Sort file:- Bromley, March, 2021.

Page Updated:- Sunday, 07 March, 2021.


Earliest Sept 1869

Chatterton Arms

Open 2019+

41 Chatterton Road (Walpole Road)

Bromley Common

020 8460 4604

Chatterton Arms outing 1914

Above photo circa 1914, kindly sent by Ron Colvin, who says his grand-father is seated 4th from the right, bottom row.

Chatterton Arms 1930s

Above photo 1930s.

Chatterton Arms 2016

Above Google image, June 2016.


Traced back to 1895 when a full license was refused, but obviously a lot older than that.

In the 1930s it was part of the Beasley's Brewery tied houses.


From The History of Chatterton Village. Accessed May 2019.

Around 1869 a builder in the area was applying for a licence to set up a rival beer-house to the "Hit or Miss". In September 1869, Joseph Brown had his own licence approved at the Petty Sessions in Locksbottom. His address at this point (and in the 1871 census) was given as Pope Road, but this was probably the property on the corner of Pope and Chatterton (where Life Photography was most recently located and is soon to be a funeral service). This was where the Chatterton Arms was located throughout the 1870s.

Some accounts have suggested that the "Hit or Miss" was the original name of the "Chatterton Arms" and that they were the same pub. This seems highly unlikely given that Carter had his licence revoked a year after Brown had been granted his. Moreover, Brown’s application had been granted this. Moreover, Brown's application had been opposed (in vain) by the "Hit or Miss." It is a lot more likely that they were rivals for a while until Carter's establishment was shut down. They might even have been neighbours: in the 1870 Strong’s directory, Brown’s address is listed next to Carter’s "Hit or Miss," suggesting they were next door to each other.


The above poster, advertising “J. Brown’s Celebrated Ale & Stout - Best Porter - In your own jug” was discovered in August 2017 during the renovation of 67 Chatterton Road. This was the original location of Joseph Brown’s beer-house - later to become the "Chatterton Arms" - between c.1869 and c.1882. The property is also fitted with a cellar, which may have been used by Brown for brewing his beer. I am grateful to Nigel Burke for showing me around the cellar and also for discovering and sharing this poster.

In its early years, there would not have been much to the Chatterton Arms, if indeed it was anything more than a residence at which beer could be consumed, and Brown traded as a grocer too, as well as having seemingly kept up his work as a builder. The ‘Chatterton Arms’ name first appears in the 1876 Strong’s directory. With the extension of Chatterton Road in the late 1870s, Brown took the opportunity to relocate the Chatterton Arms to new land at the corner of Walpole Road, where the pub stands today.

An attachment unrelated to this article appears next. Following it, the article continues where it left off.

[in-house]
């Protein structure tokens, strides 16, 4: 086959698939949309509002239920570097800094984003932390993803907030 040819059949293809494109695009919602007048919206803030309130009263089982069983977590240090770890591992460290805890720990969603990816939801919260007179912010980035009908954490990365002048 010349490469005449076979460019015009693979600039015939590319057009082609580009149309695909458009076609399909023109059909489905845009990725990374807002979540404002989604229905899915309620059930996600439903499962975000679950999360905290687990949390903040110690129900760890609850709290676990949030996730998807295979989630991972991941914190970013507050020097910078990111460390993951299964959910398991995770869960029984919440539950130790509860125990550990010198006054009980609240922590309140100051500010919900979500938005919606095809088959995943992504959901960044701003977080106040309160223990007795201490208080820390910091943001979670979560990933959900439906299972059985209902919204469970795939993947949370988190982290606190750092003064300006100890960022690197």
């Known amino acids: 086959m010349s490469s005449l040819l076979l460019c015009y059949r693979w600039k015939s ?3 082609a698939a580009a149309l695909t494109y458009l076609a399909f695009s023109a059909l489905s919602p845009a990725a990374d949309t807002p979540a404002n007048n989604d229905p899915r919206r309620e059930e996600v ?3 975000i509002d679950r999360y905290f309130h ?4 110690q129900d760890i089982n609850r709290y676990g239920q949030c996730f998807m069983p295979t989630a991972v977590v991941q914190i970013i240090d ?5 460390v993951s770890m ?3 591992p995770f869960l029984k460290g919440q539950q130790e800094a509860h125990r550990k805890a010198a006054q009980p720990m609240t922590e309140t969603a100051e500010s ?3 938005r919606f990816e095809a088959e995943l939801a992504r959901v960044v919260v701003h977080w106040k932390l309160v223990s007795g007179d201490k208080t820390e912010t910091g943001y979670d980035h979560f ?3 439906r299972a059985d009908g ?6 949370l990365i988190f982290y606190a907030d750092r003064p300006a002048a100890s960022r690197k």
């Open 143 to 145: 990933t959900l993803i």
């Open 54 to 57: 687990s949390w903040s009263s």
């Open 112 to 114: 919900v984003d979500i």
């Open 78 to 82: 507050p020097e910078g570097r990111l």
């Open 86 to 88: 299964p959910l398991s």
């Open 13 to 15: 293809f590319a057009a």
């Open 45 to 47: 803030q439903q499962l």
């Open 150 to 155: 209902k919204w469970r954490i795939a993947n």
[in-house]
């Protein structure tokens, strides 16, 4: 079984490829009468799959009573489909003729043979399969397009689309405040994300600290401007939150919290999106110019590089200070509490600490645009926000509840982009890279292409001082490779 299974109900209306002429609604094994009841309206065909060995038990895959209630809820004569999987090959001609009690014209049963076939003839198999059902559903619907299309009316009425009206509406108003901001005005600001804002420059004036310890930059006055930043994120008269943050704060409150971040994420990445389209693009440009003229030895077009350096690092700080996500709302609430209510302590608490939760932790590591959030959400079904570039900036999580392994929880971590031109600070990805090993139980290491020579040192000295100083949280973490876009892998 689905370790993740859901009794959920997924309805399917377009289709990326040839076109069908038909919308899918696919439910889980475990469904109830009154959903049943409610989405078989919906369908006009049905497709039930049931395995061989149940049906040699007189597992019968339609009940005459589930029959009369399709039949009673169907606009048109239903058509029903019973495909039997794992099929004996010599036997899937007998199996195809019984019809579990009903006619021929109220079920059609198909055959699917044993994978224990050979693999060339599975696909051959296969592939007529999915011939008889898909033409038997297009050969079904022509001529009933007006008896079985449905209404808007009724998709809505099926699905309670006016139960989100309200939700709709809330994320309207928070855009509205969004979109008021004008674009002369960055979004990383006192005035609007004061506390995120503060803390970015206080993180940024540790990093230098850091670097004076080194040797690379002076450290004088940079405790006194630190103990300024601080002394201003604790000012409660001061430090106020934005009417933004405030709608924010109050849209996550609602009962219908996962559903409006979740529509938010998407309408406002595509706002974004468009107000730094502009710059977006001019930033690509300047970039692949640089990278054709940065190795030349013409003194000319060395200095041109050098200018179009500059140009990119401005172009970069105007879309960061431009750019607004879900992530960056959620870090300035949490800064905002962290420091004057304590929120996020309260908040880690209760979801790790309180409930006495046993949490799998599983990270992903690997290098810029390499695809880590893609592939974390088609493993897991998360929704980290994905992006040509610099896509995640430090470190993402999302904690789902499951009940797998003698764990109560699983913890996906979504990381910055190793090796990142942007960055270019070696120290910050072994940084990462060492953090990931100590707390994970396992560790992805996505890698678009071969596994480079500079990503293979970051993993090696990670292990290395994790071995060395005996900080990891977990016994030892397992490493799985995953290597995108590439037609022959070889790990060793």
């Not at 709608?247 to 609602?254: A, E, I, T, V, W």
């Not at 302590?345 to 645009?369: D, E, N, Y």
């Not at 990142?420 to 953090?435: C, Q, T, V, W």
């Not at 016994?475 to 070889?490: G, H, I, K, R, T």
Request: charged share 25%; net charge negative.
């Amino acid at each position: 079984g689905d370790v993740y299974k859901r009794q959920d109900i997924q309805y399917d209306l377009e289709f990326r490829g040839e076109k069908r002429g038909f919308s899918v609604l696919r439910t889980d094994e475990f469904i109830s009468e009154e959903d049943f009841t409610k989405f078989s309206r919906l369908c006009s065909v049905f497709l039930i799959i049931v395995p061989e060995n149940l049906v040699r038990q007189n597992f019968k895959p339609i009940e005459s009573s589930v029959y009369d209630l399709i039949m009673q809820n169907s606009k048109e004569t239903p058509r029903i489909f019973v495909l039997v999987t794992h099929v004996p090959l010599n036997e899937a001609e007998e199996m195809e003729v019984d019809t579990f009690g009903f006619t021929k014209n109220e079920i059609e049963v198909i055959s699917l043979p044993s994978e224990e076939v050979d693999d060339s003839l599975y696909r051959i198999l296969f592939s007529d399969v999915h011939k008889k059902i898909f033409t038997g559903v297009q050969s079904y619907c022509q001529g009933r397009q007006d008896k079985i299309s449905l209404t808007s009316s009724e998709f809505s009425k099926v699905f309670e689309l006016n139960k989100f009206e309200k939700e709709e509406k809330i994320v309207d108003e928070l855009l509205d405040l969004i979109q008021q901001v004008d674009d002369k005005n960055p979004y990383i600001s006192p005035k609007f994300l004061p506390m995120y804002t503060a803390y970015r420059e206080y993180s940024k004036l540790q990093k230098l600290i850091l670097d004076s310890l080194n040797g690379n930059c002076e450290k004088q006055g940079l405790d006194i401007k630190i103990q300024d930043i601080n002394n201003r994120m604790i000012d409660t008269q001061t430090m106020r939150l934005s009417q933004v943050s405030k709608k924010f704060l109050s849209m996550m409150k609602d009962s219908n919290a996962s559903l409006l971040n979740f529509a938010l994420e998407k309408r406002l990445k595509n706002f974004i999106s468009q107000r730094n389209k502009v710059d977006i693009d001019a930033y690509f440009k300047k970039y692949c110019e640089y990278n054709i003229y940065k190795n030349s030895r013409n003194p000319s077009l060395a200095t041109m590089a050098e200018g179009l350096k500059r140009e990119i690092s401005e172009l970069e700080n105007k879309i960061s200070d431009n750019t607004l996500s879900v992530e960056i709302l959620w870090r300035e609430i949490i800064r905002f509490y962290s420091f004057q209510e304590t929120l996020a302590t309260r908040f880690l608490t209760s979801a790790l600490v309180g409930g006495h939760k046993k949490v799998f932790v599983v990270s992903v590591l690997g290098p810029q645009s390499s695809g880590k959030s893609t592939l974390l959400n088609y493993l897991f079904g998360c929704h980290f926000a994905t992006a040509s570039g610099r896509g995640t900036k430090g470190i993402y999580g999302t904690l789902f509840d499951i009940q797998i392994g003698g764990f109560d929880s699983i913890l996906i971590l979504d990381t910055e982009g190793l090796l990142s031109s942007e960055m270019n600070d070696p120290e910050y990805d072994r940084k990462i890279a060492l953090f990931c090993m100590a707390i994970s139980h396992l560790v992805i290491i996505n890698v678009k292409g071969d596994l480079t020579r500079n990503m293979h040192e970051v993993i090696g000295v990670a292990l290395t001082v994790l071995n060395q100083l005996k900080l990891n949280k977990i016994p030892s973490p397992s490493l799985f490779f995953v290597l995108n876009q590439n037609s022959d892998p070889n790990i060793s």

This seems to have been a shrewd move, establishing a purpose-built pub right in the middle of the newly-extended road, at the heart of a growing area with evident demand for a drinking establishment. The new pub cost 2,000 (in the region of 100,000 in today’s prices) to build and seems to have taken longer than much of the other development in the road around this time, the Browns moving in only in about 1883. In its new, much grander building the pub was renamed the "Chatterton Hotel" - although the new name lasted only until 1890, when it reverted to the "Chatterton Arms."

The "Chatterton Arms" appears to have done a roaring trade at the heart of this growing population of largely working class families with a preponderence of builders, labourers and gardeners. It is worth noting too that there was plenty of competition for pub trade - within about 10 minutes’ walk in various directions were situated the "Crown Inn," the "Five Bells," the "Bricklayers’ Arms" and the "Chequers." There were also various attempts in the 1870s to sell a corner plot at the junction of Chatterton and Pope Road for the erection of a ‘tavern’, although this does not seem to have found any takers, so perhaps it was felt that the "Chatterton Arms" had the market covered.

In 1886, Brown died and his widow, Mary Ann Brown, took over as landlady. Mrs Brown made strenuous efforts over the years ahead to extend the initial beer licence so that she could serve wines and spirits too, but was repeatedly refused by the Bromley Bench. The Maidstone Journal of 7 October, 1890, records one such application being considered at the Bromley Licensing Sessions.

According to the newspaper report of the hearing, her lawyer, Mr Gregory, ‘thought the Bench would say that the time had now arrived when this house should have a full licence. He was quite sure that if the Bench would appoint a committee to view the house, they would say it was one which was eminently fitted to have a full licence. The house, which was built at a cost of 2,000, stood back from the Bromley high road. The applicant had held the licence for 20 years, and it was surrounded by no less than 314 houses, the majority of the occupants of which had signed the memorial in favour of the licence... The applicant was constantly being asked for spirits.’

This was not the first time the application had been made, and Mr Gregory argued that a new road had been built since the last. But the Bench was unmoved and seemed to think that provision in the area was sufficient already; the next nearest pub, the "Crown," was only 543 yards away. Not until 1906 was Mrs Brown granted a wine and spirit licence - at least 16 years after first applying.


From the Maidstone and Kentish Journal, 3 October, 1895.


Mr Gregory applied for the fifth time for a full licence for the "Chatterton Arms," Chatterton Road, Bromley Common, but was refused.



BROWN Joseph Sept/1869-86 dec'd

BROWN Mary Ann 1886-1901+ (widow age 49 in 1891Census)

MURPHY B Mrs 1930s




If anyone should have any further information, or indeed any pictures or photographs of the above licensed premises, please email:-